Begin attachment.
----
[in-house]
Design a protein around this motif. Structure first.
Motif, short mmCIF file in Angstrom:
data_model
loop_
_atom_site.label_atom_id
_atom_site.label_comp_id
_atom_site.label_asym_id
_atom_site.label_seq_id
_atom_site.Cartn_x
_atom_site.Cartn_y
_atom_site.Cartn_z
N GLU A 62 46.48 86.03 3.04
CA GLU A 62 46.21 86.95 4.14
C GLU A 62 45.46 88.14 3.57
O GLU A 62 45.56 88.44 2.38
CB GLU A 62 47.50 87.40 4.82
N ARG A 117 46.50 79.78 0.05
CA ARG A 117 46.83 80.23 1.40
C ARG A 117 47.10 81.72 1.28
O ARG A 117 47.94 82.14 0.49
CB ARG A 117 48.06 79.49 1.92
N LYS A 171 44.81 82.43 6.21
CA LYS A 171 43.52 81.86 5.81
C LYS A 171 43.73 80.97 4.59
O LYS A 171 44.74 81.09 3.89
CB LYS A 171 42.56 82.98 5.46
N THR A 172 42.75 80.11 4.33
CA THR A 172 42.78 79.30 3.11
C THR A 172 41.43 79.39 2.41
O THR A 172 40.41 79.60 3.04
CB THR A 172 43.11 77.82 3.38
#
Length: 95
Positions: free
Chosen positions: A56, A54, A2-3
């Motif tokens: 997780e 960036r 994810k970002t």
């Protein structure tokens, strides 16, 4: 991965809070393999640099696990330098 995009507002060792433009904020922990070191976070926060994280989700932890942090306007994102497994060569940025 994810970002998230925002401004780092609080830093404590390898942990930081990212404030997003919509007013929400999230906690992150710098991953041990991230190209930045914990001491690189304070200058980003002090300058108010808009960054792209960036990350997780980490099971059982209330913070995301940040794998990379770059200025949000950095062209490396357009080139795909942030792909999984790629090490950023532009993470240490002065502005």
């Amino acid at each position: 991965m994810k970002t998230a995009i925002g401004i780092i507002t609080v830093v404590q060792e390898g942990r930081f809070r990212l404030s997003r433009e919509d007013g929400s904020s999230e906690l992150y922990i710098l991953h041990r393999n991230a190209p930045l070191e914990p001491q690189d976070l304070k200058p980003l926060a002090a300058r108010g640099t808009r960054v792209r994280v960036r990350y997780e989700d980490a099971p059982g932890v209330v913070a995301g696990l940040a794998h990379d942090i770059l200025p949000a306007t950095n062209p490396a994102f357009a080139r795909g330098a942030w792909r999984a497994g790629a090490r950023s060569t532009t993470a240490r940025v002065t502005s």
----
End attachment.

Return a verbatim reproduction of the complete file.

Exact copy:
[in-house]
Design a protein around this motif. Structure first.
Motif, short mmCIF file in Angstrom:
data_model
loop_
_atom_site.label_atom_id
_atom_site.label_comp_id
_atom_site.label_asym_id
_atom_site.label_seq_id
_atom_site.Cartn_x
_atom_site.Cartn_y
_atom_site.Cartn_z
N GLU A 62 46.48 86.03 3.04
CA GLU A 62 46.21 86.95 4.14
C GLU A 62 45.46 88.14 3.57
O GLU A 62 45.56 88.44 2.38
CB GLU A 62 47.50 87.40 4.82
N ARG A 117 46.50 79.78 0.05
CA ARG A 117 46.83 80.23 1.40
C ARG A 117 47.10 81.72 1.28
O ARG A 117 47.94 82.14 0.49
CB ARG A 117 48.06 79.49 1.92
N LYS A 171 44.81 82.43 6.21
CA LYS A 171 43.52 81.86 5.81
C LYS A 171 43.73 80.97 4.59
O LYS A 171 44.74 81.09 3.89
CB LYS A 171 42.56 82.98 5.46
N THR A 172 42.75 80.11 4.33
CA THR A 172 42.78 79.30 3.11
C THR A 172 41.43 79.39 2.41
O THR A 172 40.41 79.60 3.04
CB THR A 172 43.11 77.82 3.38
#
Length: 95
Positions: free
Chosen positions: A56, A54, A2-3
């Motif tokens: 997780e 960036r 994810k970002t």
């Protein structure tokens, strides 16, 4: 991965809070393999640099696990330098 995009507002060792433009904020922990070191976070926060994280989700932890942090306007994102497994060569940025 994810970002998230925002401004780092609080830093404590390898942990930081990212404030997003919509007013929400999230906690992150710098991953041990991230190209930045914990001491690189304070200058980003002090300058108010808009960054792209960036990350997780980490099971059982209330913070995301940040794998990379770059200025949000950095062209490396357009080139795909942030792909999984790629090490950023532009993470240490002065502005």
């Amino acid at each position: 991965m994810k970002t998230a995009i925002g401004i780092i507002t609080v830093v404590q060792e390898g942990r930081f809070r990212l404030s997003r433009e919509d007013g929400s904020s999230e906690l992150y922990i710098l991953h041990r393999n991230a190209p930045l070191e914990p001491q690189d976070l304070k200058p980003l926060a002090a300058r108010g640099t808009r960054v792209r994280v960036r990350y997780e989700d980490a099971p059982g932890v209330v913070a995301g696990l940040a794998h990379d942090i770059l200025p949000a306007t950095n062209p490396a994102f357009a080139r795909g330098a942030w792909r999984a497994g790629a090490r950023s060569t532009t993470a240490r940025v002065t502005s």